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Communication for
Administrative Staff
Dr. Carol Waters
Director, Bi-National Center for
Leadership, Education, Research and
Public Service
Nature of Communication
Communication is not a Subject-Object
Mary Parker Follett, 1924, The Creative
Experience, presents communication
as a phenomenological activity
“Giving of Orders” in 1926 introduced
A novel concept: Good ideas do not
come only from the person in charge.
They may come from your staff!
Consider the “law of the situation”
Elements of Communication
• 1. Giving: speaking, writing (and don’t forget
– Body Language
• 2. Receiving: listening
• 3. Feedback
Who are you talking with?
Understand your manager’s style
Perfectionist –Wants order in everything
Chaotic – Check Frequently
Absentee—Use Initiative?
Aggressive—Delay meeting?
New—Use Tact, Anticipate
Participative—Build Ideas
Manner of Communication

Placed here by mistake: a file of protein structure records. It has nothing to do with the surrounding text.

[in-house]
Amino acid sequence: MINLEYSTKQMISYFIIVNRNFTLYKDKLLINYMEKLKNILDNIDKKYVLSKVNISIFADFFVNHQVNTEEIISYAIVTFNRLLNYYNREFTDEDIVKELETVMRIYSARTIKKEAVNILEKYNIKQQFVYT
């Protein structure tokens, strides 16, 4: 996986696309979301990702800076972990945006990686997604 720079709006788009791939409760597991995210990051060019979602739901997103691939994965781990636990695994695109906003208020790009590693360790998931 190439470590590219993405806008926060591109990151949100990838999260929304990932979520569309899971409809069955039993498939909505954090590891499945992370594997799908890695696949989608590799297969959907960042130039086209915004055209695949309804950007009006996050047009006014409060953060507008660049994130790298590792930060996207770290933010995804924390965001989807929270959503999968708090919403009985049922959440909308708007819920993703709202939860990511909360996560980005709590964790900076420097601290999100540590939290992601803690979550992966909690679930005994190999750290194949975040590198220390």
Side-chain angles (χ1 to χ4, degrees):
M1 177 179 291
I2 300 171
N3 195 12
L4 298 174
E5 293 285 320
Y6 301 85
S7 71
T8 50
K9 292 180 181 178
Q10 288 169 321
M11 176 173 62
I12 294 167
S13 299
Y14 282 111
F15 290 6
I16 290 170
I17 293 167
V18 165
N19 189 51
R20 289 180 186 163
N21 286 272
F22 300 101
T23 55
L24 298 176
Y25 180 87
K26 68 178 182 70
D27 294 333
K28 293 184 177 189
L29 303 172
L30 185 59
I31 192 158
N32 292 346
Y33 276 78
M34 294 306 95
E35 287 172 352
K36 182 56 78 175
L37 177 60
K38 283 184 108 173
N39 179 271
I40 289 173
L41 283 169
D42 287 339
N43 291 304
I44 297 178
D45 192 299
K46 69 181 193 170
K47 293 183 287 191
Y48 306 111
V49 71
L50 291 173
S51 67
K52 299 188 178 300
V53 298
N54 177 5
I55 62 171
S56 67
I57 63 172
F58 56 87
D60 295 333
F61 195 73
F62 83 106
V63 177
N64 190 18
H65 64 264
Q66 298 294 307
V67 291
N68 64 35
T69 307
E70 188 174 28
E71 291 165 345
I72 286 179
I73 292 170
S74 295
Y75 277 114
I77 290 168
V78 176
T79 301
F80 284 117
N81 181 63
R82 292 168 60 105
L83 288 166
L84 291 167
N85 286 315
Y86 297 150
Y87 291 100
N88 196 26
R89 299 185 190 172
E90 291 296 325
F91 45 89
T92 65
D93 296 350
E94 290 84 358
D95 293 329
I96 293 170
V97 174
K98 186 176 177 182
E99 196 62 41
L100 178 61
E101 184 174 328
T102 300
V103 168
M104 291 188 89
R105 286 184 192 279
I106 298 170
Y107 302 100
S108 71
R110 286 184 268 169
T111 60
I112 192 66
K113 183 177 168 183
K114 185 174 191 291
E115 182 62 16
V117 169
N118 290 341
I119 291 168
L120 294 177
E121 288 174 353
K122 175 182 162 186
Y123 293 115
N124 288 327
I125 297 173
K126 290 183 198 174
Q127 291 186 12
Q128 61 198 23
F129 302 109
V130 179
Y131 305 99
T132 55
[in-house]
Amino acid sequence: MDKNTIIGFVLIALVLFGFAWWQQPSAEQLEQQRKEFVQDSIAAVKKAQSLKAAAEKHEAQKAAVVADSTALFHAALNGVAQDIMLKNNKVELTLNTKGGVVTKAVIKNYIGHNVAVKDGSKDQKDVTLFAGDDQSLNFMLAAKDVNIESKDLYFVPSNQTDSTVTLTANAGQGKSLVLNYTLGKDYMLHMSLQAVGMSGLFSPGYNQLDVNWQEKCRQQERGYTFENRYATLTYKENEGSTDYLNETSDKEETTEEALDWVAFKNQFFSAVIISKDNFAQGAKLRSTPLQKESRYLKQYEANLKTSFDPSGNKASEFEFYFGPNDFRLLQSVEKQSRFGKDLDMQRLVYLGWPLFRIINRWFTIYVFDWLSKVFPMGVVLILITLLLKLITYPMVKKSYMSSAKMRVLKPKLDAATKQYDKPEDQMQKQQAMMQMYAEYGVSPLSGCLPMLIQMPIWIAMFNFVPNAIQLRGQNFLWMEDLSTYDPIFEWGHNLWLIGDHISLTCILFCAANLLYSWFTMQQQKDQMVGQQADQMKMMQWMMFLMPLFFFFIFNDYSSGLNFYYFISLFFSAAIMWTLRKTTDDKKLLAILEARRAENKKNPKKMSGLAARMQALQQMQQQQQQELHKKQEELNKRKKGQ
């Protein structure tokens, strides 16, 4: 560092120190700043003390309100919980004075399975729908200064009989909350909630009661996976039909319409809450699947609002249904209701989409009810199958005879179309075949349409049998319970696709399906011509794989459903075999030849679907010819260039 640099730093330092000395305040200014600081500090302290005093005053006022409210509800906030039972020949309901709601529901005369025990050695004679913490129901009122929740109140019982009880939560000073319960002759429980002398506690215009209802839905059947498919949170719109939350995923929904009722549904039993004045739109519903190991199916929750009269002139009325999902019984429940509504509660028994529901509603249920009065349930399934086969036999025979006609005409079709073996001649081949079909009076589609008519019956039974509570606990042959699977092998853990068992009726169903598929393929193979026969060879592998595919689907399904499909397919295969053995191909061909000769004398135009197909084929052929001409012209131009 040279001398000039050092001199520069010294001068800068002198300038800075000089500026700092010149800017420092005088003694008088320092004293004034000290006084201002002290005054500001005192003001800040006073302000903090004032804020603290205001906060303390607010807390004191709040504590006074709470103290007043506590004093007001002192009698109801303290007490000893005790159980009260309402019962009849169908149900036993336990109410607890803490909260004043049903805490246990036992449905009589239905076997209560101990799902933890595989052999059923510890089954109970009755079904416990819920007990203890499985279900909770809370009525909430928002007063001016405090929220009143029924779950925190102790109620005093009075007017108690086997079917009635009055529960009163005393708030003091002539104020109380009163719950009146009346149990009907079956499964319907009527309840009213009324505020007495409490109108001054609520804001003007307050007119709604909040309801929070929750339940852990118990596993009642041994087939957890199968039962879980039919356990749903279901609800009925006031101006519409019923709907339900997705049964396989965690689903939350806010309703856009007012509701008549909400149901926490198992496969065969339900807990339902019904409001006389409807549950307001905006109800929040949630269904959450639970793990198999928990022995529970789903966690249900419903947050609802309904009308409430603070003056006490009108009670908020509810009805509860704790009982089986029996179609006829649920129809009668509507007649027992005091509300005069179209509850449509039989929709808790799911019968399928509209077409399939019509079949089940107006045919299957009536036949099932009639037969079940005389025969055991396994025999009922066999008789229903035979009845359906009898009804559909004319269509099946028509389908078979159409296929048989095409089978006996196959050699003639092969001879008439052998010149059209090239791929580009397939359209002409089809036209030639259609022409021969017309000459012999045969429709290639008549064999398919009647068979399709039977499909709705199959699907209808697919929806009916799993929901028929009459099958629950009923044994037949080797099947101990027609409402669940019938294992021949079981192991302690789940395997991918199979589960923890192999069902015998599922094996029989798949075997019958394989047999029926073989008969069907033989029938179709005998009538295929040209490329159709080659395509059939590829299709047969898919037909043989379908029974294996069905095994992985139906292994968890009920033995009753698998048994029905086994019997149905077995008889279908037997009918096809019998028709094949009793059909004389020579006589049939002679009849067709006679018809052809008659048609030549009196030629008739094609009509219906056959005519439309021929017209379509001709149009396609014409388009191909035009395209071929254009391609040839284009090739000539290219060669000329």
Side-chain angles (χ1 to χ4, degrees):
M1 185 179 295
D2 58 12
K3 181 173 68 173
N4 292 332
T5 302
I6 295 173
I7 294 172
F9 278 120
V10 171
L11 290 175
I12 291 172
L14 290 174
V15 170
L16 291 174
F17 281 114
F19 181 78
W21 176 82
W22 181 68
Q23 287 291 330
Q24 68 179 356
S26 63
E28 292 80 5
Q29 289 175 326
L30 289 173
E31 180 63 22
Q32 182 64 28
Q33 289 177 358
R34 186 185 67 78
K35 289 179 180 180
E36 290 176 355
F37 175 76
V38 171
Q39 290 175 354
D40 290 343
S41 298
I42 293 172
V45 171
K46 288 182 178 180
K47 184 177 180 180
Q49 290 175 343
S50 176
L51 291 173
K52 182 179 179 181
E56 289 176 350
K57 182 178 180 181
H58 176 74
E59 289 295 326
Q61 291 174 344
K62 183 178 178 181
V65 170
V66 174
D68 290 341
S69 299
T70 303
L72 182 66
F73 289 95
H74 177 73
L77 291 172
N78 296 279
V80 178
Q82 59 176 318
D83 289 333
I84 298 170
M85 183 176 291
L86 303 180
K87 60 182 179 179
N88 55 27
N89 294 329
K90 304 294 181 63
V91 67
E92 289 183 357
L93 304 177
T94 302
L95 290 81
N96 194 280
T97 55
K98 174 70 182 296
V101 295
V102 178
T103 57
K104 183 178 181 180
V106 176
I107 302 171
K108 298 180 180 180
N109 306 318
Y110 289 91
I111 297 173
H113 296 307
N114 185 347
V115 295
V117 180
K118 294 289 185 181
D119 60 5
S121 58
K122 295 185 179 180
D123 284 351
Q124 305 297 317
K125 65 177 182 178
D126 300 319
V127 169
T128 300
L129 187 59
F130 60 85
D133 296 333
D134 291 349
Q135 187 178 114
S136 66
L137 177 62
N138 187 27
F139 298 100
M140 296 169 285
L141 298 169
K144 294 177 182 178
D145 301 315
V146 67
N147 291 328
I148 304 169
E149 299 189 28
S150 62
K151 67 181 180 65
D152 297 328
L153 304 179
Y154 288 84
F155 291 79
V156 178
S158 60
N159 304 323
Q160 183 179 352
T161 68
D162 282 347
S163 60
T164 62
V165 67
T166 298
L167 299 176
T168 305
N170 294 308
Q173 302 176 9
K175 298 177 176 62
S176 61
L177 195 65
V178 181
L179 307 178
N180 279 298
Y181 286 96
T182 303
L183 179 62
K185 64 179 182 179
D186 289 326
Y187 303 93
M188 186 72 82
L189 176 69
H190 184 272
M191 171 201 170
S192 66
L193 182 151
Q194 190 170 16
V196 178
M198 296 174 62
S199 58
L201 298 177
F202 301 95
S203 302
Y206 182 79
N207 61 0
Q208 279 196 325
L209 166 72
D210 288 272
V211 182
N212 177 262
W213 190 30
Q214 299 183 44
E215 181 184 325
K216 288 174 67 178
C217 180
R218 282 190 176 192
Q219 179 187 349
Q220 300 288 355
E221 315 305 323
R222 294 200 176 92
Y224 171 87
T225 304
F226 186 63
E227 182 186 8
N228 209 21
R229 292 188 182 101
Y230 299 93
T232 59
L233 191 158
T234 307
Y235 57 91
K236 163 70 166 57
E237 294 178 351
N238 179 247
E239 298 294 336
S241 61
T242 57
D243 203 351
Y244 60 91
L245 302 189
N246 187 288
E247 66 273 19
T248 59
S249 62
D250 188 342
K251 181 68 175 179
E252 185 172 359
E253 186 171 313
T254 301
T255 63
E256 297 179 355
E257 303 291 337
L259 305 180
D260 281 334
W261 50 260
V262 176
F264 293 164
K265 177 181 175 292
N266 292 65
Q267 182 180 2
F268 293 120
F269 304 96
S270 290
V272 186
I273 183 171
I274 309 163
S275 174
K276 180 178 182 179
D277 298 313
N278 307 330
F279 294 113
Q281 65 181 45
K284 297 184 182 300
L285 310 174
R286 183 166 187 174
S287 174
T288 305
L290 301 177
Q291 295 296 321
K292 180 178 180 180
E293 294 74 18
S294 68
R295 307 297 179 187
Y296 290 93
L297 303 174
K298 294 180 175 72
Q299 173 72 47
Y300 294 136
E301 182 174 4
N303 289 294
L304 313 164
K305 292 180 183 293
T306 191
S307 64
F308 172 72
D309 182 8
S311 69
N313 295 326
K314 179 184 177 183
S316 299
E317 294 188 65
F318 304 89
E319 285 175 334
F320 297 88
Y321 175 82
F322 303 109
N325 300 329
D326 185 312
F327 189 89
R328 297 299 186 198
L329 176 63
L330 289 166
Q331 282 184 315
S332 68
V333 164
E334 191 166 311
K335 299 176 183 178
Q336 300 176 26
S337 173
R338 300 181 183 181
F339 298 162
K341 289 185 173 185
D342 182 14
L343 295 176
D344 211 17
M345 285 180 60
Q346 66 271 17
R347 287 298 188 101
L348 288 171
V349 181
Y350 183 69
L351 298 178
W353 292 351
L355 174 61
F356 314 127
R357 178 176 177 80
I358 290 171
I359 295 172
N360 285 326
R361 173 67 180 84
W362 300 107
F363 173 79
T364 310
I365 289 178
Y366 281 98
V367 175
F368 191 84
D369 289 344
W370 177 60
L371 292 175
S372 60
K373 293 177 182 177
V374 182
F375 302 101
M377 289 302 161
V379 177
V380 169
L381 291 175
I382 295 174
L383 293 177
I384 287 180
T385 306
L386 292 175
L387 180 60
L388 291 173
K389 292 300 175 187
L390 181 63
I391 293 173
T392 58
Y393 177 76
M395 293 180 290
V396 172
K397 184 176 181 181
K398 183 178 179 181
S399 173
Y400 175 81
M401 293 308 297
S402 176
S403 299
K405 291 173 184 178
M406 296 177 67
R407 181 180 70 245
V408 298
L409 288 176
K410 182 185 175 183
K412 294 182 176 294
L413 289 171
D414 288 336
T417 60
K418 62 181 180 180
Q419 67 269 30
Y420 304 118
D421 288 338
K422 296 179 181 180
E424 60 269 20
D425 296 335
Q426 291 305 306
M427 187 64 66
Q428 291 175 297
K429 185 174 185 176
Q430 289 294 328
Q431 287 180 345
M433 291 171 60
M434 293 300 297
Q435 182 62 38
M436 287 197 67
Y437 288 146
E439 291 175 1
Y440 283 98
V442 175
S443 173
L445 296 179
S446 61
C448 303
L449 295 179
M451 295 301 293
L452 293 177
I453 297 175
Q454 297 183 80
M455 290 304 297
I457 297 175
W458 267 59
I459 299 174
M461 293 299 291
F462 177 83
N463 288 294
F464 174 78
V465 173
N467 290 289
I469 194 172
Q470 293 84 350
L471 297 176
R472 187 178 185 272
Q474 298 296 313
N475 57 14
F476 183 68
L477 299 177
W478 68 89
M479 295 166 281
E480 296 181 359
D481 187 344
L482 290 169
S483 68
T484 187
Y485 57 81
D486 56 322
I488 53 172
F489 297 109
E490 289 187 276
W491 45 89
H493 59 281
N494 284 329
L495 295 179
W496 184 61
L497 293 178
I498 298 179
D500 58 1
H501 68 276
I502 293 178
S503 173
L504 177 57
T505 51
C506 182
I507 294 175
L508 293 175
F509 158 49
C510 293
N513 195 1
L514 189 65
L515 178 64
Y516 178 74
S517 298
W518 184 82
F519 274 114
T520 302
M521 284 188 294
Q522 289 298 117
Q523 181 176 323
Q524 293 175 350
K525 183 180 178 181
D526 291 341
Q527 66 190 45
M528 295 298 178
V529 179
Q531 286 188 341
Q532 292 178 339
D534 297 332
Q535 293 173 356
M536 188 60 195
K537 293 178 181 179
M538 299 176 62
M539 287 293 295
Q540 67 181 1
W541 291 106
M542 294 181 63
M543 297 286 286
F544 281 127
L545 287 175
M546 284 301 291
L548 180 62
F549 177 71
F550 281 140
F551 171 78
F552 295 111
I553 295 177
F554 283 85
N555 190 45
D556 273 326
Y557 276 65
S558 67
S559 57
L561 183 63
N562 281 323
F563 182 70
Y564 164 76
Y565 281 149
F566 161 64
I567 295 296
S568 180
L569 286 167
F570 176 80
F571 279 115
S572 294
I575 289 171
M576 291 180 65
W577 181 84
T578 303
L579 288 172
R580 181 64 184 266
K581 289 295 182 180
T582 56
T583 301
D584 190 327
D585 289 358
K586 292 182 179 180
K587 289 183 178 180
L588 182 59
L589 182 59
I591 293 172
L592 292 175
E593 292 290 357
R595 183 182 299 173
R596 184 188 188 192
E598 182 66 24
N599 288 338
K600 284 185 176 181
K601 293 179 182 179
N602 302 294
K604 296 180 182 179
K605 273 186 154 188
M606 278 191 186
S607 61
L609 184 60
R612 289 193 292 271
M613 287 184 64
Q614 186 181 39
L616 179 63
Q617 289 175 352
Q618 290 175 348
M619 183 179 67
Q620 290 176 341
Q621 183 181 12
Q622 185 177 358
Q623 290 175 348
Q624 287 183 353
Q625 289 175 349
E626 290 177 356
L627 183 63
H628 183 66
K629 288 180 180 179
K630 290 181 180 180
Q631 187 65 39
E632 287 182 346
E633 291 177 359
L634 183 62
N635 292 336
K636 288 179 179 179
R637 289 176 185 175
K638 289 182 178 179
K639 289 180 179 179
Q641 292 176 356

Personal Face to Face
Written Messages
Third Party Messages
Body Language
Self-Respect & Confidence
Non-Verbal Communication
Body Language
Degree of Self-Respect
Degree of Confidence
Types of Communication
• Direct, brief, to the point
• Giving, receiving, exchanging
Give full attention to the person speaking
Make sure your mind is focused
Let the speaker finish before you begin to talk
Let yourself finish listening before you begin to
Listen to main ideas
Ask questions
Give feedback
Keep notebook
Emotional Intelligence
• Self-awareness – The ability to recognize your own emotions and
how they affect your thoughts and behavior, know your strengths
and weaknesses, and have self-confidence.
• Self-management – The ability to control impulsive feelings and
behaviors, manage your emotions in healthy ways, take initiative,
follow through on commitments, and adapt to changing
• Social awareness – The ability to understand the emotions, needs,
and concerns of other people, pick up on emotional cues, feel
comfortable socially, and recognize the power dynamics in a group
or organization.
• Relationship management – The ability to develop and maintain
good relationships, communicate clearly, inspire and influence
others, work well in a team, and manage conflict.
• What is your responsibility to your supervisor?
• What is your responsibility to your
• Follett, Mary Parker. 1924. The Creative
• Follett, Mary Parker. 1926. “The Giving of
• McNamara, Carter. “Basics in Internal
Organizational Communications”